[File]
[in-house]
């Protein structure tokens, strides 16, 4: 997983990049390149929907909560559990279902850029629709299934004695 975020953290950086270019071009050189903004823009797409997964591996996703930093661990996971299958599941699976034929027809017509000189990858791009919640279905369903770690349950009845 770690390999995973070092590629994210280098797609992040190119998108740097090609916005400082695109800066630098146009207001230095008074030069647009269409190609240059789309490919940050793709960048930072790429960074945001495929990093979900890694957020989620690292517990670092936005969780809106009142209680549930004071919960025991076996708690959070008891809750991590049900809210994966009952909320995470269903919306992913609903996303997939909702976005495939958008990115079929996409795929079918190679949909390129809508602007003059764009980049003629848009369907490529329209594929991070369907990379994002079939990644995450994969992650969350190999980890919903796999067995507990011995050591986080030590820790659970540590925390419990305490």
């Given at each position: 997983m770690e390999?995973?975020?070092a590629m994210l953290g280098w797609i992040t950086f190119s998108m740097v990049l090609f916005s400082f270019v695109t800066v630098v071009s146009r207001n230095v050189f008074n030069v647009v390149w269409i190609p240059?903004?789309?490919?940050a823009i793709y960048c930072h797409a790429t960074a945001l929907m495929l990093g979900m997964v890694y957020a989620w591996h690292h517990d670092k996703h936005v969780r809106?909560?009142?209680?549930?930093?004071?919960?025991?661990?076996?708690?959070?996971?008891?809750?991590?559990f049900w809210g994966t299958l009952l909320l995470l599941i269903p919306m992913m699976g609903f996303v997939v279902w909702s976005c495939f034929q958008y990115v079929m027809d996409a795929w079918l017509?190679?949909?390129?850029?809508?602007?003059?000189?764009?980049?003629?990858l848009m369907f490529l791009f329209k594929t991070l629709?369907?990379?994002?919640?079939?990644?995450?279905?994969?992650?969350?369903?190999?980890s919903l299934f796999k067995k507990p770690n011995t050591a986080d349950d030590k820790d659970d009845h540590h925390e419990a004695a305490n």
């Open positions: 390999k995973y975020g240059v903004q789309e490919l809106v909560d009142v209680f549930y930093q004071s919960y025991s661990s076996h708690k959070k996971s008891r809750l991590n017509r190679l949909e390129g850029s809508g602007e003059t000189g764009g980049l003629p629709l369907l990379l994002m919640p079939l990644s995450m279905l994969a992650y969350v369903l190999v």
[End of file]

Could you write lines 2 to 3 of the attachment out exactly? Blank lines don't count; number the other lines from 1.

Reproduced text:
């Protein structure tokens, strides 16, 4: 997983990049390149929907909560559990279902850029629709299934004695 975020953290950086270019071009050189903004823009797409997964591996996703930093661990996971299958599941699976034929027809017509000189990858791009919640279905369903770690349950009845 770690390999995973070092590629994210280098797609992040190119998108740097090609916005400082695109800066630098146009207001230095008074030069647009269409190609240059789309490919940050793709960048930072790429960074945001495929990093979900890694957020989620690292517990670092936005969780809106009142209680549930004071919960025991076996708690959070008891809750991590049900809210994966009952909320995470269903919306992913609903996303997939909702976005495939958008990115079929996409795929079918190679949909390129809508602007003059764009980049003629848009369907490529329209594929991070369907990379994002079939990644995450994969992650969350190999980890919903796999067995507990011995050591986080030590820790659970540590925390419990305490």
């Given at each position: 997983m770690e390999?995973?975020?070092a590629m994210l953290g280098w797609i992040t950086f190119s998108m740097v990049l090609f916005s400082f270019v695109t800066v630098v071009s146009r207001n230095v050189f008074n030069v647009v390149w269409i190609p240059?903004?789309?490919?940050a823009i793709y960048c930072h797409a790429t960074a945001l929907m495929l990093g979900m997964v890694y957020a989620w591996h690292h517990d670092k996703h936005v969780r809106?909560?009142?209680?549930?930093?004071?919960?025991?661990?076996?708690?959070?996971?008891?809750?991590?559990f049900w809210g994966t299958l009952l909320l995470l599941i269903p919306m992913m699976g609903f996303v997939v279902w909702s976005c495939f034929q958008y990115v079929m027809d996409a795929w079918l017509?190679?949909?390129?850029?809508?602007?003059?000189?764009?980049?003629?990858l848009m369907f490529l791009f329209k594929t991070l629709?369907?990379?994002?919640?079939?990644?995450?279905?994969?992650?969350?369903?190999?980890s919903l299934f796999k067995k507990p770690n011995t050591a986080d349950d030590k820790d659970d009845h540590h925390e419990a004695a305490n």